LAWRENCE COUNTY, Tenn. (WKRN) — The Lawrence County Sheriff’s Department has a meth problem. Sheriff John Myers told News 2 that methamphetamine creates 95% of the crime in the county.
Not only do people buy and sell meth, Sheriff Myers said criminals steal and rob and commit any number of crimes against citizens to get money to buy it.
To combat this scourge, Lawrence County deputies often patrol in an area known by Sheriff Myers as ‘the Meth Triangle.’
It’s an area stretching between Hohenwald in Lewis County to Mt. Pleasant in Maury County to Summertown in Lawrence County.
“That area is a place that we’ve been working on quite a bit since we’ve been in office. Just because of the amount of complaints that we’ve received up there,” said Sheriff Myers.
This past Wednesday, deputies were doing proactive traffic enforcement in the triangle just outside Summertown when deputies stopped 33-year-old James Richard Brown II for a traffic violation.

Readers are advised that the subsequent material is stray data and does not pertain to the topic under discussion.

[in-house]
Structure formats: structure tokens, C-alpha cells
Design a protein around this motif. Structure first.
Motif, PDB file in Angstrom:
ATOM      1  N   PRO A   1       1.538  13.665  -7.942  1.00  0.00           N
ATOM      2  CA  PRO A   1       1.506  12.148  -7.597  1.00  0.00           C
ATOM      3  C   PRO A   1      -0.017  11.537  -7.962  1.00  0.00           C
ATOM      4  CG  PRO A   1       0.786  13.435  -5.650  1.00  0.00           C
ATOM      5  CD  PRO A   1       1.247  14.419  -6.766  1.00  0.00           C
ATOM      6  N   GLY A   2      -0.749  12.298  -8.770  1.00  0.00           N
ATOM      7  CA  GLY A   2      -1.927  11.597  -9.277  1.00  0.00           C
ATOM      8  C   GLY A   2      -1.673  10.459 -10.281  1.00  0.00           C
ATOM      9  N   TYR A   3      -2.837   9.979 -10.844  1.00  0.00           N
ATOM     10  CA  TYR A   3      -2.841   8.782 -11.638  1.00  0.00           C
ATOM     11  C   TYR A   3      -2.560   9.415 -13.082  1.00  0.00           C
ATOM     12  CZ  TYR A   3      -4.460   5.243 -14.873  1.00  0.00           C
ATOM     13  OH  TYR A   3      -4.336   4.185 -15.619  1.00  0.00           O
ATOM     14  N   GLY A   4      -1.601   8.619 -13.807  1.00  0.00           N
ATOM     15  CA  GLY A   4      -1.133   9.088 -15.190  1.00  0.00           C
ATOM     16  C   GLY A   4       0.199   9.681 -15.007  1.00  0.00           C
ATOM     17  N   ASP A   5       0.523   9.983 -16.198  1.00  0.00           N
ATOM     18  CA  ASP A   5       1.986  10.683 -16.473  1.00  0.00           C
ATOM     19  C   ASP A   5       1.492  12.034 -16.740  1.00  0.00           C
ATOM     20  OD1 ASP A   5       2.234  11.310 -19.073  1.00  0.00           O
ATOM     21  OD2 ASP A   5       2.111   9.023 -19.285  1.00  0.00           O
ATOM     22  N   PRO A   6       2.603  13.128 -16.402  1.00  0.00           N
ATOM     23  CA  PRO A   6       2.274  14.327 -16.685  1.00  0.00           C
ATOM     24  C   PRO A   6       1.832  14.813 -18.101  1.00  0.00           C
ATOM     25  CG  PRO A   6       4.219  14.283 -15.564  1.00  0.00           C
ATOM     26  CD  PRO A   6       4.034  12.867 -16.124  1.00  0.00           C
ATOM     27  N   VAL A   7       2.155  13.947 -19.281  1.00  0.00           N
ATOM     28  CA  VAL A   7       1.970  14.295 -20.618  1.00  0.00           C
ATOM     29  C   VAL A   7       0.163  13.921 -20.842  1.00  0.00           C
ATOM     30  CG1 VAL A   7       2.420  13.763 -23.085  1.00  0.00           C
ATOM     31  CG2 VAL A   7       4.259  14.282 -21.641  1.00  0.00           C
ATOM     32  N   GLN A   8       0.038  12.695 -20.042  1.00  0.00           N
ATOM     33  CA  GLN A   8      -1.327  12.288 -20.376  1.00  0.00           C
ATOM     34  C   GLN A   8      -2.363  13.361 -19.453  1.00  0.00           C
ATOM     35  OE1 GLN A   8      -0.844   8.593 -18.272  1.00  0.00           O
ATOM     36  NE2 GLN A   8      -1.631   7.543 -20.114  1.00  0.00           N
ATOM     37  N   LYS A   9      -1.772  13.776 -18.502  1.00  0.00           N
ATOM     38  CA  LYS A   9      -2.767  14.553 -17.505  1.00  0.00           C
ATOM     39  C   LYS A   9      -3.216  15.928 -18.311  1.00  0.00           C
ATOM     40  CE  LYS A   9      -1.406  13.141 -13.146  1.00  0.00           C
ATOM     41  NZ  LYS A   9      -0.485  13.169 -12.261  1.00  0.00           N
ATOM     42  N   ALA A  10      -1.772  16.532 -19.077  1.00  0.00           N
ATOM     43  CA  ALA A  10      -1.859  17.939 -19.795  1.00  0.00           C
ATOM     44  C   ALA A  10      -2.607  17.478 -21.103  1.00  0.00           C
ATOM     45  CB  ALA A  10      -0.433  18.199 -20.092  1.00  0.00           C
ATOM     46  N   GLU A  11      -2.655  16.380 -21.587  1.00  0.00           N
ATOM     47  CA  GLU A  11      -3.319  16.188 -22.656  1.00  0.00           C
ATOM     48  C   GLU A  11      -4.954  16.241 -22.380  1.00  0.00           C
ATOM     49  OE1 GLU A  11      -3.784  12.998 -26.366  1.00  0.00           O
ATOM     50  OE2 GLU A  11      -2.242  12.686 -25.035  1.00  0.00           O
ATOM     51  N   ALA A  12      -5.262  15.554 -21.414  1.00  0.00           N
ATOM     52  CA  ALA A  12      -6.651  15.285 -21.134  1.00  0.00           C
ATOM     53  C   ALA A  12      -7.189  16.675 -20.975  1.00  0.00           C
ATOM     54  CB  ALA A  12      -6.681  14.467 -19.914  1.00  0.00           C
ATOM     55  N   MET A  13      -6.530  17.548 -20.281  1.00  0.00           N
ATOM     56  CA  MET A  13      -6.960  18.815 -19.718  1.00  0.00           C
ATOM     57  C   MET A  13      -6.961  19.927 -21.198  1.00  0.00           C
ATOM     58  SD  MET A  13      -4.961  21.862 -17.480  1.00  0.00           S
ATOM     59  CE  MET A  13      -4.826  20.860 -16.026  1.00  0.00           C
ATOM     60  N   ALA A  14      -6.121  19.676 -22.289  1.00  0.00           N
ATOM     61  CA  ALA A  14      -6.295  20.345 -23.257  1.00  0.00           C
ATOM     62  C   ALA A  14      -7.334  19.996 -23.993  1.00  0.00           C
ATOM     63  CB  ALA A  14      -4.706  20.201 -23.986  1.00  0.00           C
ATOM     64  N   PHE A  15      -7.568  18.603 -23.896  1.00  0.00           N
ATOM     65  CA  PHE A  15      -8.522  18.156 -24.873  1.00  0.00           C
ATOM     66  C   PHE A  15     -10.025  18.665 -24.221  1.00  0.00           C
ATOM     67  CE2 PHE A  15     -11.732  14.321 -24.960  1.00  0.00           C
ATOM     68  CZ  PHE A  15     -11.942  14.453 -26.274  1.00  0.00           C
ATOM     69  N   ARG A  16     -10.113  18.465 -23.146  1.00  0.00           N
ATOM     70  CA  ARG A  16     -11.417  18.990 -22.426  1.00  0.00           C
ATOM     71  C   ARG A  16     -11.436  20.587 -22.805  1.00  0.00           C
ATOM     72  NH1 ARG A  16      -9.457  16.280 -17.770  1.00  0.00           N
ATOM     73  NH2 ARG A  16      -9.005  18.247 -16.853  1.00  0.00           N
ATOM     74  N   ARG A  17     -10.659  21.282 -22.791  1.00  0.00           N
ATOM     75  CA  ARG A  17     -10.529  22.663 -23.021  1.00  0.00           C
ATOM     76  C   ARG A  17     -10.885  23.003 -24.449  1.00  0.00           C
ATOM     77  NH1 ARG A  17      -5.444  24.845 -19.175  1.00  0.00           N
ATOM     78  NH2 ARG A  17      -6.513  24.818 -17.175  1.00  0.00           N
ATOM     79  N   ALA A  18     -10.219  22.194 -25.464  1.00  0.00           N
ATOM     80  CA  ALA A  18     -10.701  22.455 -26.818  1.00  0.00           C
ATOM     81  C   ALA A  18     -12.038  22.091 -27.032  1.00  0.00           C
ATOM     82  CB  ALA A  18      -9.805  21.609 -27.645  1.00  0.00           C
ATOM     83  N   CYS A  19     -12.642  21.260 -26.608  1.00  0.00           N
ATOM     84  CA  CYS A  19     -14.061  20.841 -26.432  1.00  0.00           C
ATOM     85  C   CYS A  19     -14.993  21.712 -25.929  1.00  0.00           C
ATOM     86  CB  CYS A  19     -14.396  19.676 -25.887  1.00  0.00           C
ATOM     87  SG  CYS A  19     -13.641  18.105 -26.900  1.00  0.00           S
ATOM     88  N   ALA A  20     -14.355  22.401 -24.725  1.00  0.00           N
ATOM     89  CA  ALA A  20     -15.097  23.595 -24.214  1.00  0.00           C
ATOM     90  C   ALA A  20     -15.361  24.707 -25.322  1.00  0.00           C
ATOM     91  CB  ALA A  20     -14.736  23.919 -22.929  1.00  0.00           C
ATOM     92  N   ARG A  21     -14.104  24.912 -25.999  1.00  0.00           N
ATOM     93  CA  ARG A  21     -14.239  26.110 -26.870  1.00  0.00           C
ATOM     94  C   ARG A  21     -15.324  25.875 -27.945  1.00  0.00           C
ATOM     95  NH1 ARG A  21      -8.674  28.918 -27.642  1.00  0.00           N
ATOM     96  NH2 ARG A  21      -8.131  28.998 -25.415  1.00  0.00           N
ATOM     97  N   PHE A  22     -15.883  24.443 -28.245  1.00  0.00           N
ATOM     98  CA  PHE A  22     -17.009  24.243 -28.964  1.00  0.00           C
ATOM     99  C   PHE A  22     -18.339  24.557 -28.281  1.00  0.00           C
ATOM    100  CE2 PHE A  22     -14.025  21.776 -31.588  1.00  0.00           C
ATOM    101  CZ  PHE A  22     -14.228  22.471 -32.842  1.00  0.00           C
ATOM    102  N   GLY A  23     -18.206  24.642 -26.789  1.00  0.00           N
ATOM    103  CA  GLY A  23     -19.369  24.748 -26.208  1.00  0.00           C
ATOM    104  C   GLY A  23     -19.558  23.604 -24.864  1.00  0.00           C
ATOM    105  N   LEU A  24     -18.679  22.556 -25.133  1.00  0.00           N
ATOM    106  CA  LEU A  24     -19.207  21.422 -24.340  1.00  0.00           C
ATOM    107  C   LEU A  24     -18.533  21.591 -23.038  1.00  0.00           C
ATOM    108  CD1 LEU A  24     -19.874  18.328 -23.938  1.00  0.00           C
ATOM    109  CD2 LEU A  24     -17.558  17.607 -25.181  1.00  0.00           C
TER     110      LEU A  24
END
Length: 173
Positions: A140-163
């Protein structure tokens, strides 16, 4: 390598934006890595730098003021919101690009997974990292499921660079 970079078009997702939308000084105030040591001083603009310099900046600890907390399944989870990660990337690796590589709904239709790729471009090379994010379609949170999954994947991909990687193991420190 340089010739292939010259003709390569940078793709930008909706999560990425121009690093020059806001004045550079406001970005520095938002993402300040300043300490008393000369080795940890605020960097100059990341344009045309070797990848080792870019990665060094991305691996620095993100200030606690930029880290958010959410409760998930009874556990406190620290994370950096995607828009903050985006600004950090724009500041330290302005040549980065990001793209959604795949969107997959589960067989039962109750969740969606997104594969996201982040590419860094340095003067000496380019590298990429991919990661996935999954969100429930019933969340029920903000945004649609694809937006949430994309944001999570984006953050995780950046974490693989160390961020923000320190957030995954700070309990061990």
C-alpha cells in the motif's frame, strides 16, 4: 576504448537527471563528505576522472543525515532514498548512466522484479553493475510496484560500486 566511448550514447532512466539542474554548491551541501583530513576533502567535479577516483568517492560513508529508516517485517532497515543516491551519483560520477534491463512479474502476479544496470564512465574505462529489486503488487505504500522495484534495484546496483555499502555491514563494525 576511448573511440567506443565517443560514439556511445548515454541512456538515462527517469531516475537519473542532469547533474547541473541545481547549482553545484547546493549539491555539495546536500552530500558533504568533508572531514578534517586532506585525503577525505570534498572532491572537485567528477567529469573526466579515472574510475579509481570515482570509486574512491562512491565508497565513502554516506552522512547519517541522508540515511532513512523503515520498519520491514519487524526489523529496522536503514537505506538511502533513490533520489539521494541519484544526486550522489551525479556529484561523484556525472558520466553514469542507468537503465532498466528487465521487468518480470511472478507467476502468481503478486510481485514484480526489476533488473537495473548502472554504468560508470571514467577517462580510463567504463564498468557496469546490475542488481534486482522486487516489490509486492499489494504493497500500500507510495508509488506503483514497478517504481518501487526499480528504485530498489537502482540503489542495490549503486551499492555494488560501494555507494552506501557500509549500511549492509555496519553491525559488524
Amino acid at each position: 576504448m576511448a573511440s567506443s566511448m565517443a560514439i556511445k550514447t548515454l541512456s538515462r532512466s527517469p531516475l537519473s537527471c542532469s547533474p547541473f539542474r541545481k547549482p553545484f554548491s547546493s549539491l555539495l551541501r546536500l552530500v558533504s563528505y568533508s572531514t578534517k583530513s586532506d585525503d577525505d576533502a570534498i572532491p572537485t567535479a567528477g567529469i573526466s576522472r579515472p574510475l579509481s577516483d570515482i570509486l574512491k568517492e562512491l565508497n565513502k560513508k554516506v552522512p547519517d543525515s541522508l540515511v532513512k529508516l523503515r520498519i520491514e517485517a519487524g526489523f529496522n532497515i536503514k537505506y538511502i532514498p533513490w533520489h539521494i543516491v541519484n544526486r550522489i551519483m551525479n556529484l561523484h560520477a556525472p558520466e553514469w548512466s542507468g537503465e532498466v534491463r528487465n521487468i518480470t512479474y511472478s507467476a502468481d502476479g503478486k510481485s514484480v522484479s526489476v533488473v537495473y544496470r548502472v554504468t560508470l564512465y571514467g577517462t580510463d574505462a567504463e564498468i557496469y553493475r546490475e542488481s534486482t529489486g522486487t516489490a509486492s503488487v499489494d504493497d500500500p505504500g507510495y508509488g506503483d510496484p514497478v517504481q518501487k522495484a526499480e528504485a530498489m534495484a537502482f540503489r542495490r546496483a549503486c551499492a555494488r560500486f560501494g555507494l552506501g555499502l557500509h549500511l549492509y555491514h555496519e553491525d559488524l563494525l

The sheriff said Brown reportedly got out of his car with a handful of meth and tried to hide it in his pants. Deputy Eric Caperton saw this and made the arrest.
When Deputy Caperton searched the suspect’s car, he found more meth, totaling 45 grams and approximately $2,600 in what the sheriff calls drug proceeds.
“As long as the bad guys are mad at us and the good people are happy, that’s what we want,” said Sheriff Myers.
Sheriff Myers said his department’s motto is “ONE GRAM AT A TIME.” He said that means his department won’t stop hunting for meth in the triangle.
“This form of drug enforcement is hands down the most cost-efficient way of drug enforcement. Methamphetamines is like all other drugs, it has to move. It has to get from point A to point B, and nine times out of ten, it’s going to be in a passenger vehicle,” added Sheriff Myers.
So why is meth so popular in Lawrence County?
“It’s the most common drug we see here,” replied Sheriff Myers, “It’s the most addictive drug we have had in this area in a long time. It’s cheap. That’s the allure.”